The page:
Securities Law Prof Blog

Editor: Eric C. Chaffee
Univ. of Toledo College of Law

Friday, May 4, 2012

FINRA's Simplified Arbitration Cap Raised to $50,000

The SEC approved a proposed rule change filed by FINRA to amend FINRA’s Customer and Industry Codes of Arbitration Procedure to raise the limit for simplified arbitration from $25,000 to $50,000. (Download 34-66913[1])

FINRA currently offers streamlined arbitration procedures for claimants seeking damages of $25,000 or less. Under FINRA’s simplified arbitration rules, one chair-qualified arbitrator decides the claim and issues an award based on the written submissions of the parties, unless the customer requests a hearing (if it is a customer case), or the claimant requests a hearing (if it is an industry case). FINRA also expedites discovery in these cases.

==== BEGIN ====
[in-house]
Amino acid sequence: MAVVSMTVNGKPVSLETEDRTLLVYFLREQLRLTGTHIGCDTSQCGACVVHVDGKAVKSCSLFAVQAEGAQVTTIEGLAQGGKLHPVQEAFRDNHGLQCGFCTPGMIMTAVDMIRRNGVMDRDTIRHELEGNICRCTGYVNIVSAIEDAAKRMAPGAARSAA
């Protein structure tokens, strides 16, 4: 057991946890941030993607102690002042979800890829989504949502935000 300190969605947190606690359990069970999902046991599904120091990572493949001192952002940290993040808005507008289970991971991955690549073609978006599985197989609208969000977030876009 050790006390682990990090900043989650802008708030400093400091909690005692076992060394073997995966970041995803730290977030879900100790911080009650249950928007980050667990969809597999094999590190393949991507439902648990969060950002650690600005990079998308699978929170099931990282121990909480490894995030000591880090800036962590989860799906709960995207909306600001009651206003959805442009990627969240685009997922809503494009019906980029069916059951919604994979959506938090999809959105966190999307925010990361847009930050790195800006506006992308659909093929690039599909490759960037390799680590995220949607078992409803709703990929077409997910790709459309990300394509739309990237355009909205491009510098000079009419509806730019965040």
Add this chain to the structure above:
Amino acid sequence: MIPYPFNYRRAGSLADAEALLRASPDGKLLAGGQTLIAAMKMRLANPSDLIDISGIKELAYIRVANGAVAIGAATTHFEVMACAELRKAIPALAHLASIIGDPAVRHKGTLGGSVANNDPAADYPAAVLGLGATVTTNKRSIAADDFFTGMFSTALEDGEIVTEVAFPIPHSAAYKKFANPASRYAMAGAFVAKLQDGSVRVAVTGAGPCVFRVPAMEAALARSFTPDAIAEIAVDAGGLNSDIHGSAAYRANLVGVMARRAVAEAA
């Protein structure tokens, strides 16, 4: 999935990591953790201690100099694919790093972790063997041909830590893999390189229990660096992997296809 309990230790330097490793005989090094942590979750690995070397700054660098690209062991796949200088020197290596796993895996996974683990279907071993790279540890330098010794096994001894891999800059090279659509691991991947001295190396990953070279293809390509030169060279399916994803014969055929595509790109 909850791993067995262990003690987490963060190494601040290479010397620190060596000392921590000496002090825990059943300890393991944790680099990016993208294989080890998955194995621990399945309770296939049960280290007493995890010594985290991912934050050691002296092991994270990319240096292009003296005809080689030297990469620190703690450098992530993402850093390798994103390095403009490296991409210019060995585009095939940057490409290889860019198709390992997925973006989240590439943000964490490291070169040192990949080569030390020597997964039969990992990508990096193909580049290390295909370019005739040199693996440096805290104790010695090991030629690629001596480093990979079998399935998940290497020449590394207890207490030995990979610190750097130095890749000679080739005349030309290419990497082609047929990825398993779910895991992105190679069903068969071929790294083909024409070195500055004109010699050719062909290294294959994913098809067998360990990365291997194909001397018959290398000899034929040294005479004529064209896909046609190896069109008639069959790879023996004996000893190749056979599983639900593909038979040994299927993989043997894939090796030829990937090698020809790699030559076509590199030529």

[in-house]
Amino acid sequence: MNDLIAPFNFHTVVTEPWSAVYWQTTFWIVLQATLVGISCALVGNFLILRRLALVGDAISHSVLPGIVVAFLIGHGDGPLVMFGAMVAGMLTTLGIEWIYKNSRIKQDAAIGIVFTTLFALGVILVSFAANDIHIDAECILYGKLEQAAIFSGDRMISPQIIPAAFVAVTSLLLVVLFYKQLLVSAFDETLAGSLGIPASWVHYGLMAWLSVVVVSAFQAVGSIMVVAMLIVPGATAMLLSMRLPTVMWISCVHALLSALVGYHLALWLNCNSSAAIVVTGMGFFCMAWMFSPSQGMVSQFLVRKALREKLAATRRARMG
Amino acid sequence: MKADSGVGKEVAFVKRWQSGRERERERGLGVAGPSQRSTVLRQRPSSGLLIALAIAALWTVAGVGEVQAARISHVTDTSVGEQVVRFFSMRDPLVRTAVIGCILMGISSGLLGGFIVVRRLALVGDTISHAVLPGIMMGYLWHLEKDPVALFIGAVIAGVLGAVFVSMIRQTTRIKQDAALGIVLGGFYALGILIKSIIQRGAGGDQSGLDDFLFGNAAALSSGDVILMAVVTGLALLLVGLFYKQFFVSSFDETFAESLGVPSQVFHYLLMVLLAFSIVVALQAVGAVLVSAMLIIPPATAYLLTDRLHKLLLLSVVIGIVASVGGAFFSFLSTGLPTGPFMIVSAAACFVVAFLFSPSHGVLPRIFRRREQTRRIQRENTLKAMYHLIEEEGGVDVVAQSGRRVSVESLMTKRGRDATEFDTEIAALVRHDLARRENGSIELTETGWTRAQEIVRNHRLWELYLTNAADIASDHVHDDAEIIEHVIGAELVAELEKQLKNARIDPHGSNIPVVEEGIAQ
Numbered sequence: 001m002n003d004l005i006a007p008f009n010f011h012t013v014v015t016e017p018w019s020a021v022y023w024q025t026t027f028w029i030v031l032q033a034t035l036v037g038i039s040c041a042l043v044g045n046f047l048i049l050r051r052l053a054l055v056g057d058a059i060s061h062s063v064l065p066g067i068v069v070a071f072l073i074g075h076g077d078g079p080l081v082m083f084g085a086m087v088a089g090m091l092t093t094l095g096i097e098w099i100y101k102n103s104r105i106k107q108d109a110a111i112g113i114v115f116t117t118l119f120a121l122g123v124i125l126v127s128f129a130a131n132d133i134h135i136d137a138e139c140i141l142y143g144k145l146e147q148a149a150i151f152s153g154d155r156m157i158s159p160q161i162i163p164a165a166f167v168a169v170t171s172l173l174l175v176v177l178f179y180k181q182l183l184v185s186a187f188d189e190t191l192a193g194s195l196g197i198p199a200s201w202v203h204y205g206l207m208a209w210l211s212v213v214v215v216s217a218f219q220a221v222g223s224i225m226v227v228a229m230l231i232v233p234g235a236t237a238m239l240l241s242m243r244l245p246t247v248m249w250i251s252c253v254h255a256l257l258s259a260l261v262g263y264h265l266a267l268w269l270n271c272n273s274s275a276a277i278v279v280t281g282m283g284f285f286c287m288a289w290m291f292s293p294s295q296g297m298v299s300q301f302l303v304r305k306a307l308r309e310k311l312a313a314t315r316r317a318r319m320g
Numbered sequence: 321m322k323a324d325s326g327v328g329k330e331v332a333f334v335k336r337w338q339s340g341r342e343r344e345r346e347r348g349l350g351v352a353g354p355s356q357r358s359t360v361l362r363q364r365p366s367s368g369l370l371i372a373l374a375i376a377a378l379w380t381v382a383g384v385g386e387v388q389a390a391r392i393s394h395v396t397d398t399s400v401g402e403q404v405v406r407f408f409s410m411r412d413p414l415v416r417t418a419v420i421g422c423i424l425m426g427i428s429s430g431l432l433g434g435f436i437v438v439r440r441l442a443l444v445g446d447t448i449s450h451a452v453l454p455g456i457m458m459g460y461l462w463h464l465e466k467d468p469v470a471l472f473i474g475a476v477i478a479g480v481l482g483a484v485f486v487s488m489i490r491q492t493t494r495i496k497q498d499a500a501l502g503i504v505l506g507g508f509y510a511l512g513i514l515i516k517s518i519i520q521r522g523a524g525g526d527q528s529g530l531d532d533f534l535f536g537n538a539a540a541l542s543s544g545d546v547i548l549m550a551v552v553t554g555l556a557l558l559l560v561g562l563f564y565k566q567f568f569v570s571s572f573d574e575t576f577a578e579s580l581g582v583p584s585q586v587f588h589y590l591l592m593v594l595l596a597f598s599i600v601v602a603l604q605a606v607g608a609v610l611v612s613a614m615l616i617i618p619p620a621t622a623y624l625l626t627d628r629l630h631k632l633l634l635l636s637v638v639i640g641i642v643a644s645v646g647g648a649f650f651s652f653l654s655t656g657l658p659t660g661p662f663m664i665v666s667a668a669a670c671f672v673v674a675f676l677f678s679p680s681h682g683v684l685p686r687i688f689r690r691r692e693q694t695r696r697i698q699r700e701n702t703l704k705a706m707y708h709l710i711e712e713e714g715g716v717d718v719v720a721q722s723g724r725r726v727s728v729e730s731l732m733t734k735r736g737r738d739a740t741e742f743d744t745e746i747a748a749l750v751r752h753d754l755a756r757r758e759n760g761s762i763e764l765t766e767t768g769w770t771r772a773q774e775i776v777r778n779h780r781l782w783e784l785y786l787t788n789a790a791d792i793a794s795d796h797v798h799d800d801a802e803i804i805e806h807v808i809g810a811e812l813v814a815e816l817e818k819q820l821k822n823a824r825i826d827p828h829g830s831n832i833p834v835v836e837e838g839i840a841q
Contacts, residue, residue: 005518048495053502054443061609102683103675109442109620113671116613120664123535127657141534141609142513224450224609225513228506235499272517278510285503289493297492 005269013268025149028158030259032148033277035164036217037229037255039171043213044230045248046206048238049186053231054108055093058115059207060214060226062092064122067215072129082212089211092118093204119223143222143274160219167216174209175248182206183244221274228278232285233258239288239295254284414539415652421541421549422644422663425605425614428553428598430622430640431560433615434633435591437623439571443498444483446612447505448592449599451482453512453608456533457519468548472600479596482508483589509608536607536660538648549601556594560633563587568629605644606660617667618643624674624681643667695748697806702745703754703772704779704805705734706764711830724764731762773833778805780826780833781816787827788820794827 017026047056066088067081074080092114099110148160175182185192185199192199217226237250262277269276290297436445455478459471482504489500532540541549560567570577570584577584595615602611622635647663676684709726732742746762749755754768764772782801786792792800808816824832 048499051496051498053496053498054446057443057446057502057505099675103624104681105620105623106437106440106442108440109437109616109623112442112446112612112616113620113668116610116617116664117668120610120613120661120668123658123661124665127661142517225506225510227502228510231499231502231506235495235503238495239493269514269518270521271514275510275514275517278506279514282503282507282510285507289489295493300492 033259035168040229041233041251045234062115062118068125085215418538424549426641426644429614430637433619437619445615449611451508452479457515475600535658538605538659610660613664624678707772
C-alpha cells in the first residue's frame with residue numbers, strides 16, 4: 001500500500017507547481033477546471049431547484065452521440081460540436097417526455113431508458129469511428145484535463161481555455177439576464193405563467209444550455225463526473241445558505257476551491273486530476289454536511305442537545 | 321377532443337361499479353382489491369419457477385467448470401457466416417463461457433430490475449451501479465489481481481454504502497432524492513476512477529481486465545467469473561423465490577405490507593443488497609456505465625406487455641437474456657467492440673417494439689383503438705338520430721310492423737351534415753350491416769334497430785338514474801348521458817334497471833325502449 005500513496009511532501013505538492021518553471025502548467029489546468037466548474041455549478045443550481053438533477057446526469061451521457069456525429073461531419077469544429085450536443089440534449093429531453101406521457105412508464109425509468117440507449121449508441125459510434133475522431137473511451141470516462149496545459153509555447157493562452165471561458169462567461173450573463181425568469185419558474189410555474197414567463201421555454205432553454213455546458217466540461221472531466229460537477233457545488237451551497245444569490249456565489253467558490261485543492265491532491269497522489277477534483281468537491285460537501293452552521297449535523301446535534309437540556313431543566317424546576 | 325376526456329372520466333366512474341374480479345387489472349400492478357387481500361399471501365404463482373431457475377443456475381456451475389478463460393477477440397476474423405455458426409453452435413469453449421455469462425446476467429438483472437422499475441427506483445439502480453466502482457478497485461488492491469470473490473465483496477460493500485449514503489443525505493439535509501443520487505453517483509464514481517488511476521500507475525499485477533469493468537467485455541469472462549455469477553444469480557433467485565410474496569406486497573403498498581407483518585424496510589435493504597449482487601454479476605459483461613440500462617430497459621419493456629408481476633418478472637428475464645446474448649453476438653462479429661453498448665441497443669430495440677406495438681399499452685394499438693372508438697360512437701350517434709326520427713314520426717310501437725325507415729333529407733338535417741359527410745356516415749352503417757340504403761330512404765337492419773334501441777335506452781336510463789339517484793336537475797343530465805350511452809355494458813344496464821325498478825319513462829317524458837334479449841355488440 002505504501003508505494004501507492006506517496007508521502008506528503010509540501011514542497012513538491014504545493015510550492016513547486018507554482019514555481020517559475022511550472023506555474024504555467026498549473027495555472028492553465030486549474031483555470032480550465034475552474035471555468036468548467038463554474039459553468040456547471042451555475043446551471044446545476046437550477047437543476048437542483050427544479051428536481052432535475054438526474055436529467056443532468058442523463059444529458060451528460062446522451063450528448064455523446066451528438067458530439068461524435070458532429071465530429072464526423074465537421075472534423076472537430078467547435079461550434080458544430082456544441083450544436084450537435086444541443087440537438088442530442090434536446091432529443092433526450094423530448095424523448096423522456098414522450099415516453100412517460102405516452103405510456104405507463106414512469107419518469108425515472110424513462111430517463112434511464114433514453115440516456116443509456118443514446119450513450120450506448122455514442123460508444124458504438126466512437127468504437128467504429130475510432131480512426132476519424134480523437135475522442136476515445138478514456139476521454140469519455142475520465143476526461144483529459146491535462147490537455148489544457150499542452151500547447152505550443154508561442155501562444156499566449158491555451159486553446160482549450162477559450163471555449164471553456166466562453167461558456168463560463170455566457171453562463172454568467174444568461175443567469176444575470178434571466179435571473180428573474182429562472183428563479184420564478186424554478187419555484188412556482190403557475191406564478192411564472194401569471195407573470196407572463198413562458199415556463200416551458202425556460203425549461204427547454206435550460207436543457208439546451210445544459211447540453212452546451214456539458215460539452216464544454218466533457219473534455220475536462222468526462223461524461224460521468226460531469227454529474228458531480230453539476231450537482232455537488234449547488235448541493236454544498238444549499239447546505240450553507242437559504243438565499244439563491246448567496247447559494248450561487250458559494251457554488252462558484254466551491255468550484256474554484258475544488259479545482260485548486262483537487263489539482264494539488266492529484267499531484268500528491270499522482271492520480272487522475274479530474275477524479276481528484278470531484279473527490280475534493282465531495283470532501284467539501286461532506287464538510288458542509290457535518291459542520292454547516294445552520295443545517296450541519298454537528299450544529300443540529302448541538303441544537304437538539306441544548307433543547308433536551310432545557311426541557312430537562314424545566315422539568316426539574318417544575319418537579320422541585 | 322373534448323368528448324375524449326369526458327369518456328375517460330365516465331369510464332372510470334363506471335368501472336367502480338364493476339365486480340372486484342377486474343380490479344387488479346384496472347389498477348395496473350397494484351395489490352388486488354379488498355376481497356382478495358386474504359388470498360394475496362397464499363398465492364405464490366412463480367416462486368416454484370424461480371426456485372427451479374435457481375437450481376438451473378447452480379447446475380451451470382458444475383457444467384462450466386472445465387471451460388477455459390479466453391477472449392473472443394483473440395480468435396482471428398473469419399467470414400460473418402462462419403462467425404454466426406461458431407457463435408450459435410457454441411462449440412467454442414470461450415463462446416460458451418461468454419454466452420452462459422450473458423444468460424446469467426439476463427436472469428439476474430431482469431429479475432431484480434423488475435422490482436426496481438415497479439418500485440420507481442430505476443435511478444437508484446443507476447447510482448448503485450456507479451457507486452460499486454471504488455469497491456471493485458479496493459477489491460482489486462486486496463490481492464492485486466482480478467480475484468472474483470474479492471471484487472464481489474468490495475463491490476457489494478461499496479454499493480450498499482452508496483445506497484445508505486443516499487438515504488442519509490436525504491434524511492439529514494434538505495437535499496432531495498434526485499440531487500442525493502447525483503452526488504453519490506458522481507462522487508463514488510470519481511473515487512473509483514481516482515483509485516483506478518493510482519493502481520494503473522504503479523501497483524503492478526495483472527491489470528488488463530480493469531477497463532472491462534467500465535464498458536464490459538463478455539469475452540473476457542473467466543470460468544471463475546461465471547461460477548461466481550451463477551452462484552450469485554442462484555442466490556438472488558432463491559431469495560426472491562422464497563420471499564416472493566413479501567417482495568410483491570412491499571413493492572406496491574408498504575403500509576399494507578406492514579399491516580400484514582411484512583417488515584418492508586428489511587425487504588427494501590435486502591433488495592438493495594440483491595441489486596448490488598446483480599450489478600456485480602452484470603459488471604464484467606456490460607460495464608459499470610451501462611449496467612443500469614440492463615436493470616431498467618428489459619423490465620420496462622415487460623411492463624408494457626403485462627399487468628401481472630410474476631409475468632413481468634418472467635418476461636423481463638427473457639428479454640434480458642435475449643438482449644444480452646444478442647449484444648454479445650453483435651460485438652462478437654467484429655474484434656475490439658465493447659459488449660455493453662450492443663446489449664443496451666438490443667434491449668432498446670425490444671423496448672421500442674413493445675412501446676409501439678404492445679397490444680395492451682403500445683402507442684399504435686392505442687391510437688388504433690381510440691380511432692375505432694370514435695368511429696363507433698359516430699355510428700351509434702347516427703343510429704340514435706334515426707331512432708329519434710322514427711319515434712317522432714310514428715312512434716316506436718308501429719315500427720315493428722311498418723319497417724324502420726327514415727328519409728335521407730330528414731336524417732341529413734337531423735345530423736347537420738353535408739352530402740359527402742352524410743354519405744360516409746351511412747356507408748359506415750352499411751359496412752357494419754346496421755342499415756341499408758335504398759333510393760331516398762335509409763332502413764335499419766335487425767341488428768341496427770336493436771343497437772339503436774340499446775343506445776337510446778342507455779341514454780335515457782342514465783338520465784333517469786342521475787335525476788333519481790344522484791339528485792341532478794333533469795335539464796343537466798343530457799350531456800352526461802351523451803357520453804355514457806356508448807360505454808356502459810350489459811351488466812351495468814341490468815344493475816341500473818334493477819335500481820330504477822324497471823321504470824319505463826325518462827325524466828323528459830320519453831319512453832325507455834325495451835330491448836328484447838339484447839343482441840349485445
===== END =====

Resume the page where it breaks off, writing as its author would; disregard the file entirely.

The rule change raises the dollar limit for damages sought in order to offer simplified arbitration to claimants seeking damages of $50,000 or less. The rule change also states that if the amount of a claim is more than $50,000, but not more than $100,000, exclusive of interest and expenses, the panel would consist of one arbitrator unless the parties agree in writing to three arbitrators.

FINRA represented that the $25,000 threshold captured twenty-one percent of all cases filed with FINRA’s arbitration forum in 1998, but currently captures only ten percent of FINRA’s caseload. FINRA stated that, based on 2011 statistics, raising the threshold to $50,000 would increase the percentage of claims administered under simplified
arbitration to seventeen percent of the claims filed with the forum.

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